Great Barrington voters Monday night ended a bitter debate by approving a short-term rental bylaw that some residents said was too restrictive.
After a contentious bylaw-drafting process, Great Barrington has new rules for short-term rentals. It’s not the only Berkshire community that has struggled to reach consensus on how to deal with this issue. When the new regulations go into effect, this South County town will act as a laboratory of sorts for an attempt at regulating a growing trend that shows no signs of stopping. We’re eager to see how it turns out, and other municipalities likely are as well.
Great Barrington’s short-term rental bylaw, passed at annual town meeting, affects units rented for 30 or fewer days at a time. Homeowners may only have one short-term rental in Great Barrington, which requires registration and is subject to inspection. Short-term rentals are limited to 150 days per year, although this cap only applies if the owner is not on-premises while the unit is rented out. Short-term rental properties must be owned by people instead of corporate entities; LLCs are allowed to register as short-term rental hosts as long as they are owned by a person and not a corporation. A separate warrant item also approved at town meeting establishes a three percent impact fee on short-term rentals to be collected for the town’s Affordable Housing Trust.
Like other communities impacted by the rise of Airbnb, Great Barrington faces the tough task of balancing a multifaceted issue. Short-term rentals allow people to generate some extra income from the property they own, a boon for folks on fixed incomes and those squeezed by property taxes and other costs who want to keep the homes they have. They’re also a conduit for travelers to the area — a big upside for the region’s tourism economy if more than a bit disruptive to traditional lodging businesses.
The nascent short-term rental industry puts more pressure on a widespread housing crisis, eating up stock in towns like Great Barrington where low- and even moderate-income housing is already hard to find. That downward push on housing supply while demand stays high poses problems for overall affordability and availability, factors that have confounded many Berkshire communities. Some also understandably worry about the character of neighborhoods when short-term rentals become increasingly prevalent and the people across the street are no longer familiar faces but an ever-rotating set of Airbnb guests.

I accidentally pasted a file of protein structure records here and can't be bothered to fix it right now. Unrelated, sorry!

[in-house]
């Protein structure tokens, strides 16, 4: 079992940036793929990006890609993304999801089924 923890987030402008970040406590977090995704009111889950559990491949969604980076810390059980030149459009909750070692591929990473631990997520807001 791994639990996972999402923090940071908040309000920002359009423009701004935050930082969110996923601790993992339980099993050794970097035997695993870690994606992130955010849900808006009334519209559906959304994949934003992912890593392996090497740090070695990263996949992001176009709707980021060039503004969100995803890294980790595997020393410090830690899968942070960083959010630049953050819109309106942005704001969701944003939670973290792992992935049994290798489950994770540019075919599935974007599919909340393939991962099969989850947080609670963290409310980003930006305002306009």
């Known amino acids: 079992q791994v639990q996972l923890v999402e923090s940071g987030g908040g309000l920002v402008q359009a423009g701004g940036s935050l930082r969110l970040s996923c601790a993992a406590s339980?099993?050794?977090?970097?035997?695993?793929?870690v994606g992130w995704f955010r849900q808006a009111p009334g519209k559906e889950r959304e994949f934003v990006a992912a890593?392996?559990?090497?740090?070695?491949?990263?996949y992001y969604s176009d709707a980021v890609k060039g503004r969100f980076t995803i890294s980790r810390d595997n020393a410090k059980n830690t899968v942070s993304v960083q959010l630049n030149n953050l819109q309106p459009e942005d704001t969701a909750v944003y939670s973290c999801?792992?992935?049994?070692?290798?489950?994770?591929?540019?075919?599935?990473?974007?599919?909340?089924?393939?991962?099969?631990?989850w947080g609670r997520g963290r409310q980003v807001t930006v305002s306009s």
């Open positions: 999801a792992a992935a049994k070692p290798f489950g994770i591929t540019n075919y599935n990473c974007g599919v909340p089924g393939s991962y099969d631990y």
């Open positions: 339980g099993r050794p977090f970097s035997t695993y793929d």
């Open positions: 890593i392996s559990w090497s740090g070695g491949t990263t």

This bylaw intends to address all these issues. The 150-day cap is intended to let homeowners still get some short-term rental income if they wish while trying to prevent residences from turning into de-facto motels year-round. Barring investor-only corporate ownership of short-term rental properties aims to prevent business entities from gobbling up a critical fraction of local housing stock in an already tight market. Inspections and registration requirements are sensible attempts to keep public safety from getting lost in the shuffle of this new lodging sector rapidly growing in residential neighborhoods. Additionally, the three percent tax on short-term rental income tacked on in a separate warrant item seeks to address bylaw opponents’ argument that it would do nothing to directly benefit affordable housing in town, although just how much benefit the Affordable Housing Trust can expect from this revenue is unclear.
These are the bylaw’s intentions; whether they pan out as workable policy to meaningfully mitigate any of these matters remains to be seen. As multiple Berkshire municipalities struggled to put together short-term rental regulation proposals, we used this space to suggest a zoning-based approach to short-term rental regulation; this would acknowledge the extent to which these units often operate more as hotels than residences, and as such subject them to special permitting in residential-only districts. The margin by which Great Barrington’s bylaw passed, however, suggests a zoning-based approach might not surive the inevitable contentiousness. Zoning changes require a two-thirds vote at town meetings, which Great Barrington’s bylaw fell just short of at 207-111.
A short-term rental bylaw will go before Great Barrington voters at annual town meeting June 6. Residents are giving it mixed reviews.
Great Barrington’s polarizing debate over the substance of its bylaw underscores just how big of a problem municipal policy-makers face when making good-faith efforts at regulating short-term rentals, even when many residents agree that something should be done. Is Great Barrington’s approach the solution? Is any municipal approach enough to grapple with this unwieldy issue? This newly approved bylaw, effective Jan. 1, offers an experiment we can all watch. We wish Great Barrington luck and look forward to the opportunity to assess its effectiveness down the line.